profit on the deal (so much for the charge on Hensarling's website that the
GSEs are the biggest bailout in history particularly when one remembers the
totally un-recouped $200 billion S&L disaster).
What is never considered is what the
taxpayer (and the nation and the world) got in return in addition to the money
being paid back.
By being able to support the GSEs'
MBS, the Treasury was able to isolate a large part of the fallout from the
mortgage finance meltdown. By its support of GSE MBS, Treasury was able to
quarantine a virulent disease spread by Wall Street so that it did not infect
the larger market (though it certainly crippled that which it infected).
Thanks to the support of the
taxpayer (whose support is now being paid back), not a single penny, not a red
cent, was lost by investors in GSE MBS by investors in Fish Bay, Wisconsin, or
in the village of Narvik, Norway.
These were disparate (and,
eventually, desperate) towns, along with thousands like them. devastated by
Wall Street sharpies, as documented by the wonderful CNBC 2009 documentary, A House
of Cards, which squarely laid the blame for the
mortgage meltdown where it belonged -- on Wall Street, the rating agencies and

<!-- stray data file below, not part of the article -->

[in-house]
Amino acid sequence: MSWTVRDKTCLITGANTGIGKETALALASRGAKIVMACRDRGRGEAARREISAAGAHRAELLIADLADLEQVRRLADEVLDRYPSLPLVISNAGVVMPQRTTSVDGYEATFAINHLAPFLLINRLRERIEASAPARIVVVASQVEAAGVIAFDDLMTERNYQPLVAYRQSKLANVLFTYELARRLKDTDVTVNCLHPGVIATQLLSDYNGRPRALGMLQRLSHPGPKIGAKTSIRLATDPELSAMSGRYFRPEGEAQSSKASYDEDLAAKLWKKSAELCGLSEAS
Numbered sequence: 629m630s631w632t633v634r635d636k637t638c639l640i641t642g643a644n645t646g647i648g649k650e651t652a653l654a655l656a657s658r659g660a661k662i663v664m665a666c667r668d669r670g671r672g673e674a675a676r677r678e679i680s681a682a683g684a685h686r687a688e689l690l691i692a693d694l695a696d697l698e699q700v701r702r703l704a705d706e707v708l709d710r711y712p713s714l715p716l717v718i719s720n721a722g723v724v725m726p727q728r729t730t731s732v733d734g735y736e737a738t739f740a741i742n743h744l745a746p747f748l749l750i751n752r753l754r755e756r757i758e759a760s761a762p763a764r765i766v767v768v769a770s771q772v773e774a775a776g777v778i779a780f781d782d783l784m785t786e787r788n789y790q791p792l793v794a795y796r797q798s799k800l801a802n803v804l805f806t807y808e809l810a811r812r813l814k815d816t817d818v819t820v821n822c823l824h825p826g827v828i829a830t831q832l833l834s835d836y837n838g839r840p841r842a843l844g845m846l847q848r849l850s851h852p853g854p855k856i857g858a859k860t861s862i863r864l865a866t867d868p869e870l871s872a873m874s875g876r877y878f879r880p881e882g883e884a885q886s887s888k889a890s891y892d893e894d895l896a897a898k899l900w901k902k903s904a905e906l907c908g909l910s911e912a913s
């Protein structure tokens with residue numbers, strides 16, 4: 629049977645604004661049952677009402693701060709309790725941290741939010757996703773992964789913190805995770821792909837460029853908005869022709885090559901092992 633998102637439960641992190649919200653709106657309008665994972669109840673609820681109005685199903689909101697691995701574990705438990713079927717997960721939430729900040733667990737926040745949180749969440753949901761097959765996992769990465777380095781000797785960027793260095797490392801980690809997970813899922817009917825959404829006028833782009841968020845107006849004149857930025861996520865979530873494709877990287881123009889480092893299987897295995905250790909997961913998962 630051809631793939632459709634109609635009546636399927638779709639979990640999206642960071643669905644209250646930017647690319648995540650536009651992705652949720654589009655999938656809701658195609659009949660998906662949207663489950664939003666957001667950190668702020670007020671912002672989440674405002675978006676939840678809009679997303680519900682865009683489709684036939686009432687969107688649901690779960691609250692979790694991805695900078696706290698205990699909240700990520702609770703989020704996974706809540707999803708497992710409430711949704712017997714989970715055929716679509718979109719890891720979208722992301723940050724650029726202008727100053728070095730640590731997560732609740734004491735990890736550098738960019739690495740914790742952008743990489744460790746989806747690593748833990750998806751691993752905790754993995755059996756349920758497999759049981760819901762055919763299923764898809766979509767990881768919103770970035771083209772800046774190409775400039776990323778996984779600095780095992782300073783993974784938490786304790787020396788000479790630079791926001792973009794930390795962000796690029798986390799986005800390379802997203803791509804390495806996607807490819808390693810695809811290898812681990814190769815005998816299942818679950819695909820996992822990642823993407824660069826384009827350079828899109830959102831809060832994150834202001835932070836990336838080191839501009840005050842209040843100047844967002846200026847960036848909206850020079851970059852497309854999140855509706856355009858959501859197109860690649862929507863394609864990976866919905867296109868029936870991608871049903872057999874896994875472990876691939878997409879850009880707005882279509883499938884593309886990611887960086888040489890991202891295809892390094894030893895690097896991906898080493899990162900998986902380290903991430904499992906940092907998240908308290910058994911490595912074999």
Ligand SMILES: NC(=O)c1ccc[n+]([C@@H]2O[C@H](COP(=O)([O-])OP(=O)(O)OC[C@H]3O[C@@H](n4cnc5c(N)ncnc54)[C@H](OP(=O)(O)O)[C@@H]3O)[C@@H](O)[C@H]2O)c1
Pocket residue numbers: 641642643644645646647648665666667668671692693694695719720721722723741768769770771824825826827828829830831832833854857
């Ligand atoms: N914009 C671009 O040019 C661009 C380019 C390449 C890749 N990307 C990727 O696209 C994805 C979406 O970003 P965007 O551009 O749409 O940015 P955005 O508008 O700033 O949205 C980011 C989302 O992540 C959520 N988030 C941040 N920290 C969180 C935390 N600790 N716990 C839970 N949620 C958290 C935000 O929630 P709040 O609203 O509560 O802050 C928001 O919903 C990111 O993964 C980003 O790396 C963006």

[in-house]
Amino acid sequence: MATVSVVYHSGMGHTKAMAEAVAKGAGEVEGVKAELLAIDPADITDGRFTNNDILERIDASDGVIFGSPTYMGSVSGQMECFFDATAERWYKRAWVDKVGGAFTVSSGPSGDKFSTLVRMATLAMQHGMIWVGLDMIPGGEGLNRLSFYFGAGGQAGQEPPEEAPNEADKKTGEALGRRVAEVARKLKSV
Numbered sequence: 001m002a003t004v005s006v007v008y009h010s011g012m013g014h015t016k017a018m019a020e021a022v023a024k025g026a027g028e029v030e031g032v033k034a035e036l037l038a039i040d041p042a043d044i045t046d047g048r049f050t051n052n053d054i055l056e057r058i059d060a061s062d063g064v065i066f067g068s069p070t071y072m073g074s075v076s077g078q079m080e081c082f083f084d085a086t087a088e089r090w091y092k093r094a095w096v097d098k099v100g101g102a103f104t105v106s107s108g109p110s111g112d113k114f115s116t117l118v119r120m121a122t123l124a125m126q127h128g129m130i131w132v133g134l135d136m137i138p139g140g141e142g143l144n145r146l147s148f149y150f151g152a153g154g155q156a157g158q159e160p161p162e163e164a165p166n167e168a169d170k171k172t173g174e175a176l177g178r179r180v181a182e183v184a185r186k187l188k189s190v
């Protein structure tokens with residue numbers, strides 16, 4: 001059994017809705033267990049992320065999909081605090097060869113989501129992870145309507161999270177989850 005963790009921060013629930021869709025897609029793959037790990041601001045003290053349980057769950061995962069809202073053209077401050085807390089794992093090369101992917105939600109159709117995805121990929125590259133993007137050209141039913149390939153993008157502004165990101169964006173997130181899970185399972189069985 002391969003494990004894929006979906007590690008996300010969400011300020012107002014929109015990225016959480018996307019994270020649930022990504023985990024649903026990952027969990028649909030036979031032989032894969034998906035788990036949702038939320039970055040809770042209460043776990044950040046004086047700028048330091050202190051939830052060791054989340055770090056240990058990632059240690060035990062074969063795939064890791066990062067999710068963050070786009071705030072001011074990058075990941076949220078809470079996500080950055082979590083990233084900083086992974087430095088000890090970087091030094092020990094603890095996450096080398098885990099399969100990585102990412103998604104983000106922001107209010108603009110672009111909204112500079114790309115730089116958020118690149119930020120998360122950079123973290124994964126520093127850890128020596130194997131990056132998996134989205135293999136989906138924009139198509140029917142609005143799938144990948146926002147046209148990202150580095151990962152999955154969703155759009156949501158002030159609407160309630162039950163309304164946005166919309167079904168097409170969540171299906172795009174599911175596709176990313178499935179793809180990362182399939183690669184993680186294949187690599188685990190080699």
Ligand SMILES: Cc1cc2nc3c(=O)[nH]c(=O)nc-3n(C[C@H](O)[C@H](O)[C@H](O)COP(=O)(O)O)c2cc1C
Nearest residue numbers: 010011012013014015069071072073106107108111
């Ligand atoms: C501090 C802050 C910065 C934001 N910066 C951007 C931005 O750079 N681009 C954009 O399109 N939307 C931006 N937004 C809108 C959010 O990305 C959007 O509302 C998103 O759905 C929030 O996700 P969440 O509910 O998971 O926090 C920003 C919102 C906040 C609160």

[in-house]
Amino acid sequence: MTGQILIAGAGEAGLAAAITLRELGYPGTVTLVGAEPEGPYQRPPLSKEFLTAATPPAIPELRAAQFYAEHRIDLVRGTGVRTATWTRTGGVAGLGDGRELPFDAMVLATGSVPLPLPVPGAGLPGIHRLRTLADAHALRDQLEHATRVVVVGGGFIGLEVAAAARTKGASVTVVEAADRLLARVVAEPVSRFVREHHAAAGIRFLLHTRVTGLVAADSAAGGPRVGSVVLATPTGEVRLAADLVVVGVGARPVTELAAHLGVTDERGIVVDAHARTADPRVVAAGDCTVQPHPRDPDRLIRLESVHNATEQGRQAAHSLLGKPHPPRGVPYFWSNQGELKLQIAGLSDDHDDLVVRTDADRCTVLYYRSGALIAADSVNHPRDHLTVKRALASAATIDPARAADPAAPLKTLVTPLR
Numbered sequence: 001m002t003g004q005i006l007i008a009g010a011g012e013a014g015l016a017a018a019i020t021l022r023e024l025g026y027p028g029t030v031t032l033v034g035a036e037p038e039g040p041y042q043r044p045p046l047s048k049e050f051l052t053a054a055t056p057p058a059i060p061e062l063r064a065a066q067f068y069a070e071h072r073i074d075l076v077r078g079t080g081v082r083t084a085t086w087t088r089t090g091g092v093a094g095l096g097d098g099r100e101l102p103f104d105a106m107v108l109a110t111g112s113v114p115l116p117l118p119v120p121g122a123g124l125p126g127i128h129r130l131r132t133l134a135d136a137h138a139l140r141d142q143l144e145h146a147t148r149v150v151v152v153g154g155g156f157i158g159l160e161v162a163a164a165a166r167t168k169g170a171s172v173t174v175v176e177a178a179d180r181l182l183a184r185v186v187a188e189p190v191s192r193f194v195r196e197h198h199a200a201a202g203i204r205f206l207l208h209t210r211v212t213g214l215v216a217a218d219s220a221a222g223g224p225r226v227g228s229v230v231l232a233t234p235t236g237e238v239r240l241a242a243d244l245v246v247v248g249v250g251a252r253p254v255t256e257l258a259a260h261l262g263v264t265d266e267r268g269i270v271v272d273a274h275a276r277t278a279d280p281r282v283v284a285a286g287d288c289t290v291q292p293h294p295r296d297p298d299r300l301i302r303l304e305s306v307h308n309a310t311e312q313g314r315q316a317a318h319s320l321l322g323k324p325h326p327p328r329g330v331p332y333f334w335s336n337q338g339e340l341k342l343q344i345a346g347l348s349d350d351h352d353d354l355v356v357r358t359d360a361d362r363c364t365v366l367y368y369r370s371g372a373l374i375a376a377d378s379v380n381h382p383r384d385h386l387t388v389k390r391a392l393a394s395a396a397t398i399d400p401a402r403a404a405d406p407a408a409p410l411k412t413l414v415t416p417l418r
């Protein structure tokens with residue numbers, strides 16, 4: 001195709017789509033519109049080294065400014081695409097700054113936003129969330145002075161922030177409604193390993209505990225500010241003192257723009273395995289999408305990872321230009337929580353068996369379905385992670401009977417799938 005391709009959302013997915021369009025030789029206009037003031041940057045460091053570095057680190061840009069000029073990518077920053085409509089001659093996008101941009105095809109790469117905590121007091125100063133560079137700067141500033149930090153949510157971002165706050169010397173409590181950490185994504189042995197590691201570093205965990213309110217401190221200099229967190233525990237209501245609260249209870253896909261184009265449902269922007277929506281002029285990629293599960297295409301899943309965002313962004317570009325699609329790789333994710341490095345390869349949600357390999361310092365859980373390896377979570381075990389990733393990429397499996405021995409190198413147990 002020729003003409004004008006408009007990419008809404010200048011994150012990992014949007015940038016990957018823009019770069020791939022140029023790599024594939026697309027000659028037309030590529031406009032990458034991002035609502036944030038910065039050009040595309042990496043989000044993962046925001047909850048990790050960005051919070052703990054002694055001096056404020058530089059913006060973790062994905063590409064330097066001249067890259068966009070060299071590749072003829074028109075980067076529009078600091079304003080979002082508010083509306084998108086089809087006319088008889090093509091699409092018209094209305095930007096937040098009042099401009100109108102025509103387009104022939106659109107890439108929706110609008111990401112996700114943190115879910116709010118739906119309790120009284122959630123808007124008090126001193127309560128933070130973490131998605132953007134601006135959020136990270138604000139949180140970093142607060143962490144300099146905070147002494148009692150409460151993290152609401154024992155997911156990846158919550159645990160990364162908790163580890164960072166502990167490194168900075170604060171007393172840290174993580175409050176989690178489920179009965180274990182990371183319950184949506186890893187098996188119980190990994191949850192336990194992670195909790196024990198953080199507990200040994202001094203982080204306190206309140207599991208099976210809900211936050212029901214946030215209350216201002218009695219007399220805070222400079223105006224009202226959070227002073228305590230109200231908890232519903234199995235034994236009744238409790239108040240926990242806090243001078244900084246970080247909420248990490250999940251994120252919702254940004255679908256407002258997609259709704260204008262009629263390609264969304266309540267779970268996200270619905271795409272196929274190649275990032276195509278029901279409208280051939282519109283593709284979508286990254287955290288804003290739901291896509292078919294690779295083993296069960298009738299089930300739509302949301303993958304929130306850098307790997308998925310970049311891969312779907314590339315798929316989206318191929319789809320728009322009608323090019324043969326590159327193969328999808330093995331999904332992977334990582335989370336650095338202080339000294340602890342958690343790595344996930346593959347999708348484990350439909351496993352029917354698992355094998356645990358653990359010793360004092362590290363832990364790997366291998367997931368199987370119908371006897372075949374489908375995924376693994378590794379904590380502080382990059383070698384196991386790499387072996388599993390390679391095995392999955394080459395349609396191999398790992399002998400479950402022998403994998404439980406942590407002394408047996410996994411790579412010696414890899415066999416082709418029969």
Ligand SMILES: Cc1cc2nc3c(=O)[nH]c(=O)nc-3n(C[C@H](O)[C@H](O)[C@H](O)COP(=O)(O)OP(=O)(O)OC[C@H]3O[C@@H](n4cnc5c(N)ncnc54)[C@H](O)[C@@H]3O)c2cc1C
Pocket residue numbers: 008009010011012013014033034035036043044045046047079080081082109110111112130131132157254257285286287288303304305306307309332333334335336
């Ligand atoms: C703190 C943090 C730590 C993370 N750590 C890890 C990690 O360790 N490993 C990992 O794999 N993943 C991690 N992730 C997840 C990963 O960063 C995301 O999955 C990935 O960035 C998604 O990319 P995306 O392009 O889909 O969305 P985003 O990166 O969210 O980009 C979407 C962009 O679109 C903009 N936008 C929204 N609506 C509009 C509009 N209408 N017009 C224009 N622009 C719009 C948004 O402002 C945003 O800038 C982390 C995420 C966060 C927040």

the criminal lending outfits concentrated in Orange County, CA, one of the
conservative bastions of the country and adopted home to the chicken-hawk
icons, John Wayne and Ronald Reagan.
Yes, the epicenter of the subprime
contagion was not the two GSEs on the banks of the Potomac but the market
fundamentalists of Orange County ("This was the pulse of the subprime
industry, the nerve center." -- CNBC). Needless to say, Orange County did
not gain this primacy in subprime lending through some do-gooder CRA or goals
mandate imposed by Barney Frank and friends.
That this was an incubator of the
subprime virus should not be a surprise since it was also a locus of the
S&L crisis a generation earlier (along with, on that occasion, the great
states of Texas, Florida, Oklahoma and Arizona -- surprise, surprise).
Treasury was able to limit the
contagion by supporting the GSEs' MBS. Imagine, in the alternative, trying to
do this through the country's top banks -- JPM, Citi, Wells, BAC, Goldman,
Morgan Stanley, etc., -- with operations spread throughout the world and God
knows what sorts of investments on (or off) their books and intricate